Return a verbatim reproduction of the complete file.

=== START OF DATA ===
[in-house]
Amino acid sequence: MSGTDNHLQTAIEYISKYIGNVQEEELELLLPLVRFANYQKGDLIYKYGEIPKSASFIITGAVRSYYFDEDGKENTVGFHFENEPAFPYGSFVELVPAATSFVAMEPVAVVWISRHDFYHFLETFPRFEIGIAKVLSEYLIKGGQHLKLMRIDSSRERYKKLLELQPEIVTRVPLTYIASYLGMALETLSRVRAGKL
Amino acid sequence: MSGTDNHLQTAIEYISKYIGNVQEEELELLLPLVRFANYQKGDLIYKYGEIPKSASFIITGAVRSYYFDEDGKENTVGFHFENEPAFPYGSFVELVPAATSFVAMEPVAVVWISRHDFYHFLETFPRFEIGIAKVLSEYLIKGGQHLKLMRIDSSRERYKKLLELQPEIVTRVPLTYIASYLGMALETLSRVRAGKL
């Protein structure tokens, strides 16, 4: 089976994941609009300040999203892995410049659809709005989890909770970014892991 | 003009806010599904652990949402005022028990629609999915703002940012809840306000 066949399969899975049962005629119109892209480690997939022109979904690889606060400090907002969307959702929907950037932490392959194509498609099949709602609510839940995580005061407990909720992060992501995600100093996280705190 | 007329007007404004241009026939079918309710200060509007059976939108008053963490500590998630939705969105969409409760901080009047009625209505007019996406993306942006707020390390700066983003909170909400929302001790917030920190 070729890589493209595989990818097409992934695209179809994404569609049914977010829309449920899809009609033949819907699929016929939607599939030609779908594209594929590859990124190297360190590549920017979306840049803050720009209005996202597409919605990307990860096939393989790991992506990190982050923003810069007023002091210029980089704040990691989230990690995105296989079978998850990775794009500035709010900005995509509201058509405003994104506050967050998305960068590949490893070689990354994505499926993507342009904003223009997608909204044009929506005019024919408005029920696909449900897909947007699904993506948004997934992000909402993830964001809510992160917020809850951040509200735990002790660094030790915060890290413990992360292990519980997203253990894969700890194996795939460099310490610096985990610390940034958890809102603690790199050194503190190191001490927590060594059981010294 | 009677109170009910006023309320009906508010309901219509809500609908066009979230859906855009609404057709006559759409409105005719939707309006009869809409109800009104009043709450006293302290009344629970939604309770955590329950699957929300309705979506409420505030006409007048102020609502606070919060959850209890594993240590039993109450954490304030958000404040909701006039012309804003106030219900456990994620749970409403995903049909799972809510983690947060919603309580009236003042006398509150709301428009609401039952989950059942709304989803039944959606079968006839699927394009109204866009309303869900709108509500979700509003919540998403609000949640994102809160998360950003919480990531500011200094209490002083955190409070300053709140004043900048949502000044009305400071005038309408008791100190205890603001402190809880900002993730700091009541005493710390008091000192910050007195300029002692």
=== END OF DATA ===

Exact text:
[in-house]
Amino acid sequence: MSGTDNHLQTAIEYISKYIGNVQEEELELLLPLVRFANYQKGDLIYKYGEIPKSASFIITGAVRSYYFDEDGKENTVGFHFENEPAFPYGSFVELVPAATSFVAMEPVAVVWISRHDFYHFLETFPRFEIGIAKVLSEYLIKGGQHLKLMRIDSSRERYKKLLELQPEIVTRVPLTYIASYLGMALETLSRVRAGKL
Amino acid sequence: MSGTDNHLQTAIEYISKYIGNVQEEELELLLPLVRFANYQKGDLIYKYGEIPKSASFIITGAVRSYYFDEDGKENTVGFHFENEPAFPYGSFVELVPAATSFVAMEPVAVVWISRHDFYHFLETFPRFEIGIAKVLSEYLIKGGQHLKLMRIDSSRERYKKLLELQPEIVTRVPLTYIASYLGMALETLSRVRAGKL
């Protein structure tokens, strides 16, 4: 089976994941609009300040999203892995410049659809709005989890909770970014892991 | 003009806010599904652990949402005022028990629609999915703002940012809840306000 066949399969899975049962005629119109892209480690997939022109979904690889606060400090907002969307959702929907950037932490392959194509498609099949709602609510839940995580005061407990909720992060992501995600100093996280705190 | 007329007007404004241009026939079918309710200060509007059976939108008053963490500590998630939705969105969409409760901080009047009625209505007019996406993306942006707020390390700066983003909170909400929302001790917030920190 070729890589493209595989990818097409992934695209179809994404569609049914977010829309449920899809009609033949819907699929016929939607599939030609779908594209594929590859990124190297360190590549920017979306840049803050720009209005996202597409919605990307990860096939393989790991992506990190982050923003810069007023002091210029980089704040990691989230990690995105296989079978998850990775794009500035709010900005995509509201058509405003994104506050967050998305960068590949490893070689990354994505499926993507342009904003223009997608909204044009929506005019024919408005029920696909449900897909947007699904993506948004997934992000909402993830964001809510992160917020809850951040509200735990002790660094030790915060890290413990992360292990519980997203253990894969700890194996795939460099310490610096985990610390940034958890809102603690790199050194503190190191001490927590060594059981010294 | 009677109170009910006023309320009906508010309901219509809500609908066009979230859906855009609404057709006559759409409105005719939707309006009869809409109800009104009043709450006293302290009344629970939604309770955590329950699957929300309705979506409420505030006409007048102020609502606070919060959850209890594993240590039993109450954490304030958000404040909701006039012309804003106030219900456990994620749970409403995903049909799972809510983690947060919603309580009236003042006398509150709301428009609401039952989950059942709304989803039944959606079968006839699927394009109204866009309303869900709108509500979700509003919540998403609000949640994102809160998360950003919480990531500011200094209490002083955190409070300053709140004043900048949502000044009305400071005038309408008791100190205890603001402190809880900002993730700091009541005493710390008091000192910050007195300029002692």